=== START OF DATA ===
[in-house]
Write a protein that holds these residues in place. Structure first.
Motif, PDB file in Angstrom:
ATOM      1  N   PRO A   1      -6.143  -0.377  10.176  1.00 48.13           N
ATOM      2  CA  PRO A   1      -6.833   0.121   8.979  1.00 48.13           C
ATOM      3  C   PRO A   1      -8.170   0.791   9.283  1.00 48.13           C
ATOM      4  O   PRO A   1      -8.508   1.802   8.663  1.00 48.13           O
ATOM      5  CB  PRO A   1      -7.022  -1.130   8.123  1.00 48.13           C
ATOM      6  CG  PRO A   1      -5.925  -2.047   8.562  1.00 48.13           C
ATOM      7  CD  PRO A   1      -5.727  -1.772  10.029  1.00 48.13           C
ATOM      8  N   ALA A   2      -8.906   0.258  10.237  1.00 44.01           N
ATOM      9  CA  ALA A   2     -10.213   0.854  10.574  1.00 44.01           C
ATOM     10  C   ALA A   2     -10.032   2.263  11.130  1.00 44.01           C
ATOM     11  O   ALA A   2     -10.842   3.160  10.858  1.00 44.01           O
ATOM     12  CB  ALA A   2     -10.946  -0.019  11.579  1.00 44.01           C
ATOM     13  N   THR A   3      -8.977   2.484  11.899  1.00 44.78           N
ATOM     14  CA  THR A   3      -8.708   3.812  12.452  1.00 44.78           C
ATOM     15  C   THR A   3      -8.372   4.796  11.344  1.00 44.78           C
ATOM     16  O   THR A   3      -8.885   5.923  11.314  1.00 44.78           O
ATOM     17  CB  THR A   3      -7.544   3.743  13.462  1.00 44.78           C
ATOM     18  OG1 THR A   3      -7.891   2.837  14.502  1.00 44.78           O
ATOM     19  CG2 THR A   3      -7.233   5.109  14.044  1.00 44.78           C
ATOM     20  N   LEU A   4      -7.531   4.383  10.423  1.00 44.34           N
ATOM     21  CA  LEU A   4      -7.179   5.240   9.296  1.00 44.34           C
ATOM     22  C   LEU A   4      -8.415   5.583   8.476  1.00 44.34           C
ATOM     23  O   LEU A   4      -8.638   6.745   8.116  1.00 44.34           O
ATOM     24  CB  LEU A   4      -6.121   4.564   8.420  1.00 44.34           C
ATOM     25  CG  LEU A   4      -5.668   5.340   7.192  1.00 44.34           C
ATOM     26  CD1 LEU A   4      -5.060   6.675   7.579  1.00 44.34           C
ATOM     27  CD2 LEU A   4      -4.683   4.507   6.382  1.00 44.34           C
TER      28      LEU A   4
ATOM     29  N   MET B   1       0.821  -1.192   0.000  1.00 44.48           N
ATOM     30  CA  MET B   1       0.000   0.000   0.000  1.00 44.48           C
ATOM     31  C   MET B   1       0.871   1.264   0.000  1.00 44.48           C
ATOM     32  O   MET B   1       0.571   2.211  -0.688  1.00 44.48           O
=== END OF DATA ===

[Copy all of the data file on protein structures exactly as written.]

[in-house]
Write a protein that holds these residues in place. Structure first.
Motif, PDB file in Angstrom:
ATOM      1  N   PRO A   1      -6.143  -0.377  10.176  1.00 48.13           N
ATOM      2  CA  PRO A   1      -6.833   0.121   8.979  1.00 48.13           C
ATOM      3  C   PRO A   1      -8.170   0.791   9.283  1.00 48.13           C
ATOM      4  O   PRO A   1      -8.508   1.802   8.663  1.00 48.13           O
ATOM      5  CB  PRO A   1      -7.022  -1.130   8.123  1.00 48.13           C
ATOM      6  CG  PRO A   1      -5.925  -2.047   8.562  1.00 48.13           C
ATOM      7  CD  PRO A   1      -5.727  -1.772  10.029  1.00 48.13           C
ATOM      8  N   ALA A   2      -8.906   0.258  10.237  1.00 44.01           N
ATOM      9  CA  ALA A   2     -10.213   0.854  10.574  1.00 44.01           C
ATOM     10  C   ALA A   2     -10.032   2.263  11.130  1.00 44.01           C
ATOM     11  O   ALA A   2     -10.842   3.160  10.858  1.00 44.01           O
ATOM     12  CB  ALA A   2     -10.946  -0.019  11.579  1.00 44.01           C
ATOM     13  N   THR A   3      -8.977   2.484  11.899  1.00 44.78           N
ATOM     14  CA  THR A   3      -8.708   3.812  12.452  1.00 44.78           C
ATOM     15  C   THR A   3      -8.372   4.796  11.344  1.00 44.78           C
ATOM     16  O   THR A   3      -8.885   5.923  11.314  1.00 44.78           O
ATOM     17  CB  THR A   3      -7.544   3.743  13.462  1.00 44.78           C
ATOM     18  OG1 THR A   3      -7.891   2.837  14.502  1.00 44.78           O
ATOM     19  CG2 THR A   3      -7.233   5.109  14.044  1.00 44.78           C
ATOM     20  N   LEU A   4      -7.531   4.383  10.423  1.00 44.34           N
ATOM     21  CA  LEU A   4      -7.179   5.240   9.296  1.00 44.34           C
ATOM     22  C   LEU A   4      -8.415   5.583   8.476  1.00 44.34           C
ATOM     23  O   LEU A   4      -8.638   6.745   8.116  1.00 44.34           O
ATOM     24  CB  LEU A   4      -6.121   4.564   8.420  1.00 44.34           C
ATOM     25  CG  LEU A   4      -5.668   5.340   7.192  1.00 44.34           C
ATOM     26  CD1 LEU A   4      -5.060   6.675   7.579  1.00 44.34           C
ATOM     27  CD2 LEU A   4      -4.683   4.507   6.382  1.00 44.34           C
TER      28      LEU A   4
ATOM     29  N   MET B   1       0.821  -1.192   0.000  1.00 44.48           N
ATOM     30  CA  MET B   1       0.000   0.000   0.000  1.00 44.48           C
ATOM     31  C   MET B   1       0.871   1.264   0.000  1.00 44.48           C
ATOM     32  O   MET B   1       0.571   2.211  -0.688  1.00 44.48           O